Florence free tour
Florence free Tour
Florence free tour

Many movements, such as the American National American Woman Suffrage Association, that sought to grant women the right to vote and ensure greater participation in political life were born in the Anglossassone world between the second half of the nineteenth century and the early twentieth century, particularly in that region. or the Women’s Social and Political Union, headed by Emmeline Pankhurst, and the British National Union of Women’s Suffrage Societies, led by Millicent Garrett Fawcett.

These groups, which saw periods of success during their existence, tended to be representative of the middle class and the bourgeoisie and were politically moderate or liberal. The circumstance first caused the socialist movements in Europe and America, which were not short of activists endorsing similar cases, to view these demands as less significant and of lower importance than, say, the wage and economic demands of male workers.

In this context, the VII Congress of the II Socialist International was held in Stuttgart, Germany, from August 18–24, 1907, with 884 delegates from 25 different countries in attendance. Among them were the leading Marxist figures of the day, including the Russians Lenin and Martov, the Frenchman Jean Jaurès, and the Germans Rosa Luxemburg, Clara Zetkin, and August Bebel. The female question and the right to vote for women were addressed at that time, in addition to the issue of how one should respond in the case of a European war and the topic of colonialism.

Congress passed a resolution on the latter subject, in which the socialist parties pledged to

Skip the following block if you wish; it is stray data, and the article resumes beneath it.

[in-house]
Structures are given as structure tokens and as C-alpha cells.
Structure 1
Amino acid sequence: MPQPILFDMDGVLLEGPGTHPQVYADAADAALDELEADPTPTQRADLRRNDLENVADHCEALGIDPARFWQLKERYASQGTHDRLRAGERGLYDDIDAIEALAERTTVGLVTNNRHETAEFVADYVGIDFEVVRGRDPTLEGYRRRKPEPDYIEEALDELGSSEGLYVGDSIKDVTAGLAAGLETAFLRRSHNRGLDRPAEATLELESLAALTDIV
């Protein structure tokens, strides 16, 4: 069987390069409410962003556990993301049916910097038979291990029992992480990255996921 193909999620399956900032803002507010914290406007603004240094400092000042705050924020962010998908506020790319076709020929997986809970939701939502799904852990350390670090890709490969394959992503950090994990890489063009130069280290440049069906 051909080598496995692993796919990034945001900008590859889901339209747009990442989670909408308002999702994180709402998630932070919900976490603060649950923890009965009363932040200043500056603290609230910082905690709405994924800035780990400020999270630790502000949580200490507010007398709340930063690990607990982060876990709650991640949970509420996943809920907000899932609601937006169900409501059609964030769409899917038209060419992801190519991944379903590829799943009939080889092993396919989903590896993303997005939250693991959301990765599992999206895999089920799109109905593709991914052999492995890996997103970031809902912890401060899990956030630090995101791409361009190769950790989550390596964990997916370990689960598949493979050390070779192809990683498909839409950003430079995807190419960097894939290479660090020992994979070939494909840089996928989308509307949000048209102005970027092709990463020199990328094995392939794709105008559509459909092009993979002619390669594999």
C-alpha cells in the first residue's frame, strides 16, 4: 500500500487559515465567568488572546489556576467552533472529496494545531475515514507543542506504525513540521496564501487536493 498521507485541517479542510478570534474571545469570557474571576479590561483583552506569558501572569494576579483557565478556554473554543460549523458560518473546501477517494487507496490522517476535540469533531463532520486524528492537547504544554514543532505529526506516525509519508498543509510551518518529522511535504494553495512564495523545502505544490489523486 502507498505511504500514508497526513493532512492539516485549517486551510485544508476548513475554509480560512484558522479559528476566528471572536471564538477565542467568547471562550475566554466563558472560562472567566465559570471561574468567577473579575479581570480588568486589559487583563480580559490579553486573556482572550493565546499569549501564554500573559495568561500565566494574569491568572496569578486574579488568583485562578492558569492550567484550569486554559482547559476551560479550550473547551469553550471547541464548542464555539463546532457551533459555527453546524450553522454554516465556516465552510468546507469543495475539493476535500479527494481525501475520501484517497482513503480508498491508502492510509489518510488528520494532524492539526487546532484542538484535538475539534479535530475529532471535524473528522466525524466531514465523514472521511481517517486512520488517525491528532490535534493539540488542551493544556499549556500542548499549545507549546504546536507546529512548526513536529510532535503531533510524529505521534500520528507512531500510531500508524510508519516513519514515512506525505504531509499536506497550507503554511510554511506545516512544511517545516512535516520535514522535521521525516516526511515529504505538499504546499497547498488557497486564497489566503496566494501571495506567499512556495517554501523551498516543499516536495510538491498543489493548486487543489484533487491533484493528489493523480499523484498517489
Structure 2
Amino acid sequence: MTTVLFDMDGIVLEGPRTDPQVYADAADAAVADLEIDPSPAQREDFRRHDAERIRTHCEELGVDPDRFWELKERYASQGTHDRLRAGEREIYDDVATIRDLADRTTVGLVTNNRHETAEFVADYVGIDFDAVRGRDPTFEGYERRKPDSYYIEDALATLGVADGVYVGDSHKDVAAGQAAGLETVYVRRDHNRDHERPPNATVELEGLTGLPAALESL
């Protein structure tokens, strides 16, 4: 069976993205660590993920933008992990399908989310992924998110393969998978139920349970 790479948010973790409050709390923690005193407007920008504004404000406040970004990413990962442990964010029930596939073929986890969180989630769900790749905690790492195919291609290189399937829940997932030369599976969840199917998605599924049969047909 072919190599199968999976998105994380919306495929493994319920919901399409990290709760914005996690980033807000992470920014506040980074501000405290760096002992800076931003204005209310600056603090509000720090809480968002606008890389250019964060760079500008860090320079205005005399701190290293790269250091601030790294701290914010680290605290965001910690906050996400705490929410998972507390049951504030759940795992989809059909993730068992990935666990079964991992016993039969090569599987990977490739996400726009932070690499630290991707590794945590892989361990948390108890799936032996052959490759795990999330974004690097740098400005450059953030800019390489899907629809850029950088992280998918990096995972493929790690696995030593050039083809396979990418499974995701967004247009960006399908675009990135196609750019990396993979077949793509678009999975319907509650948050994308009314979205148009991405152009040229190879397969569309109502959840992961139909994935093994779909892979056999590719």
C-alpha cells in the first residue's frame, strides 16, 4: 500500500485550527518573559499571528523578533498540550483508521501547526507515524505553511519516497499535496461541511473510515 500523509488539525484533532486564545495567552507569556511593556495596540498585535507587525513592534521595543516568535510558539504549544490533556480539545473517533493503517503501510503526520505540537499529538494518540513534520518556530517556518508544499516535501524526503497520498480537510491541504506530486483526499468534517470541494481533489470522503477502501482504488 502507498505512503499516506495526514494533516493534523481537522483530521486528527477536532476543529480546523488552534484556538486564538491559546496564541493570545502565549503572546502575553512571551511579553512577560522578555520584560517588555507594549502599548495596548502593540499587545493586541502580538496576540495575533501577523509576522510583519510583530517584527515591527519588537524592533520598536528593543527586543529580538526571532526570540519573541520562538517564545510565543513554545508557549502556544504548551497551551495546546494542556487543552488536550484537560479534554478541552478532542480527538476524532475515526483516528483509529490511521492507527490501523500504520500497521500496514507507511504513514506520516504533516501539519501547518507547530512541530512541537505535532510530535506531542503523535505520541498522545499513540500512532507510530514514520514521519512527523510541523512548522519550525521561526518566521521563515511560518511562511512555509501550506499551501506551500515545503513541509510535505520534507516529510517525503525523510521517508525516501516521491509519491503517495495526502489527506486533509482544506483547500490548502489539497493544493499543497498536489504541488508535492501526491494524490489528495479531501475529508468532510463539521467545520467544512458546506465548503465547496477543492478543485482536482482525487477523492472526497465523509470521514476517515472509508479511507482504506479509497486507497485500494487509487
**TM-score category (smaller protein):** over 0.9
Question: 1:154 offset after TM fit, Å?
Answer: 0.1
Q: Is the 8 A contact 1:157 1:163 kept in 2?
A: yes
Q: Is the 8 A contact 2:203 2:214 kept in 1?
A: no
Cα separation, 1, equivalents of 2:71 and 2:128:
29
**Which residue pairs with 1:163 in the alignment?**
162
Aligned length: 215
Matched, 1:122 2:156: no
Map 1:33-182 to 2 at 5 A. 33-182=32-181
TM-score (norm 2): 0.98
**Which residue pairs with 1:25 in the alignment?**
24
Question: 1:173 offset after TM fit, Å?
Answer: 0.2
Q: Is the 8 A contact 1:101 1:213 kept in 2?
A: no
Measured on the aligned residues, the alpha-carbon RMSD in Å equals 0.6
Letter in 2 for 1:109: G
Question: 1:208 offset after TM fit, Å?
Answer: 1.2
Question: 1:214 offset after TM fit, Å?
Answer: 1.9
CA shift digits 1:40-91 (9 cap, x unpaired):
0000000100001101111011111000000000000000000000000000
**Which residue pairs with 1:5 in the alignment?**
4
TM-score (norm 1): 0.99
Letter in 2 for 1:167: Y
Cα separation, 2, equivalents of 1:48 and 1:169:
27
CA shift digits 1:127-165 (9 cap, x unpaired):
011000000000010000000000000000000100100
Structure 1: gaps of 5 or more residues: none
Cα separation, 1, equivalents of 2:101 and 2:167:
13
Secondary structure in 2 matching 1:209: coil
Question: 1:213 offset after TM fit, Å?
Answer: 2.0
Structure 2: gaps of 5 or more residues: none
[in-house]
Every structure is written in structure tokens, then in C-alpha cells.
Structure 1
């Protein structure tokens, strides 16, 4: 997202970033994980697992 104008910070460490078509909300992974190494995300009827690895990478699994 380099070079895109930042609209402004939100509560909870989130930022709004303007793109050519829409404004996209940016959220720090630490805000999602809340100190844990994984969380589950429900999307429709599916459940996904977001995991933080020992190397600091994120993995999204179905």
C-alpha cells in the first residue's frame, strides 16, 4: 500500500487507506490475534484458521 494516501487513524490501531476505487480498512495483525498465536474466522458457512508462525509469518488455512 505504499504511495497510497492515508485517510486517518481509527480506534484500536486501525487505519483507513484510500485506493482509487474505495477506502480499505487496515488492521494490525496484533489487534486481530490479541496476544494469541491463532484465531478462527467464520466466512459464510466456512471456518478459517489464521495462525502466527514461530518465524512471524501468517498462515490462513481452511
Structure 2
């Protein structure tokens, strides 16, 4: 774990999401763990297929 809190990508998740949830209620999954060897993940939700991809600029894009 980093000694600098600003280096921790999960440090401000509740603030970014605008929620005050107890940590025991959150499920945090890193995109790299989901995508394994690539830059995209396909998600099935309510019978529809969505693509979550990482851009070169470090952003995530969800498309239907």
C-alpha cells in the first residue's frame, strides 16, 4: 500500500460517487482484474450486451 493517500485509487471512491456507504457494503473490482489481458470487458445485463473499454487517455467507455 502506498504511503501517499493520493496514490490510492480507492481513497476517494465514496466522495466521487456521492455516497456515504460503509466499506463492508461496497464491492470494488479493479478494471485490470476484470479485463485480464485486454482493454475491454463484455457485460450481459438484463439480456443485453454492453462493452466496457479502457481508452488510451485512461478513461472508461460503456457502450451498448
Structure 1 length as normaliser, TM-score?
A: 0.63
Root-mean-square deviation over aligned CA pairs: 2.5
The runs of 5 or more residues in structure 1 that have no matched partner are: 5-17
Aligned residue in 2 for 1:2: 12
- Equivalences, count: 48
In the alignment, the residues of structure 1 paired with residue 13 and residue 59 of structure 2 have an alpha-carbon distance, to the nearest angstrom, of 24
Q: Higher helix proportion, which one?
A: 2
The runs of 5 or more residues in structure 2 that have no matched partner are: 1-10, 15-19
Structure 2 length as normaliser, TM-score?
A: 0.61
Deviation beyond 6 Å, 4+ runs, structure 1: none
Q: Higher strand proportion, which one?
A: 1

“[…] Loting vigorously for the introduction of the universal suffrage of women, without allying themselves with the bourgeois feminists who claimed the right of suffrage, but with the socialist parties fighting for the suffrage of women”

The French academic Françoise Picq claims that Zetkin desired this position in order to highlight the distinctive characteristics of the socialist women’s movement and set it apart from other groups that were already in existence at the time.

Two days later, on August 26 and 27, 58 delegates from 13 countries attended an international conference of socialist women, where it was decided to establish an information office for socialist women. Clara Zetkin was chosen as secretary, and the magazine she created, Die Gleichheit (equality), became the organization’s official organ.
The United States’ “Woman’s Day” (1908–1909)

to remember these wonderful woman every year in Florence, like in all Italy the museum the 8 of March are totally free for all woman of every age. We are making a free tour of Florence that start from Santa Maria Novella square, so if you want discover the beauty of this renaissance City come with us to immerse in the Italian and in particularly Florentine culture.